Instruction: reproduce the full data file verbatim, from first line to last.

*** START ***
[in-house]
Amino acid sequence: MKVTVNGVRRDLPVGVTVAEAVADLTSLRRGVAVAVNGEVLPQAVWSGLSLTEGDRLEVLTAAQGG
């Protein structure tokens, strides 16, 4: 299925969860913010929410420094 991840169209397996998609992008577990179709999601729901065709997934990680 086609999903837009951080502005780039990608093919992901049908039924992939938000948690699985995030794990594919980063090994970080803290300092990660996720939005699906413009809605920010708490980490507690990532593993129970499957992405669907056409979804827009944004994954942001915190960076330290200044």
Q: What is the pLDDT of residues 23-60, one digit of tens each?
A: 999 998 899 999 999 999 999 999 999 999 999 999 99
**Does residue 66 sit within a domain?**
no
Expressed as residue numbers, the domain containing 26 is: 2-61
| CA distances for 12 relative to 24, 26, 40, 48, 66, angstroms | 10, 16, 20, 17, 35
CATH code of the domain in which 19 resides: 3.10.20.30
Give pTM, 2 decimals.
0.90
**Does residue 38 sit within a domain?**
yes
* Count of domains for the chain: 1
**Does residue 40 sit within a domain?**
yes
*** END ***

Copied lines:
[in-house]
Amino acid sequence: MKVTVNGVRRDLPVGVTVAEAVADLTSLRRGVAVAVNGEVLPQAVWSGLSLTEGDRLEVLTAAQGG
């Protein structure tokens, strides 16, 4: 299925969860913010929410420094 991840169209397996998609992008577990179709999601729901065709997934990680 086609999903837009951080502005780039990608093919992901049908039924992939938000948690699985995030794990594919980063090994970080803290300092990660996720939005699906413009809605920010708490980490507690990532593993129970499957992405669907056409979804827009944004994954942001915190960076330290200044």
Q: What is the pLDDT of residues 23-60, one digit of tens each?
A: 999 998 899 999 999 999 999 999 999 999 999 999 99
**Does residue 66 sit within a domain?**
no
Expressed as residue numbers, the domain containing 26 is: 2-61
| CA distances for 12 relative to 24, 26, 40, 48, 66, angstroms | 10, 16, 20, 17, 35
CATH code of the domain in which 19 resides: 3.10.20.30
Give pTM, 2 decimals.
0.90
**Does residue 38 sit within a domain?**
yes
* Count of domains for the chain: 1
**Does residue 40 sit within a domain?**
yes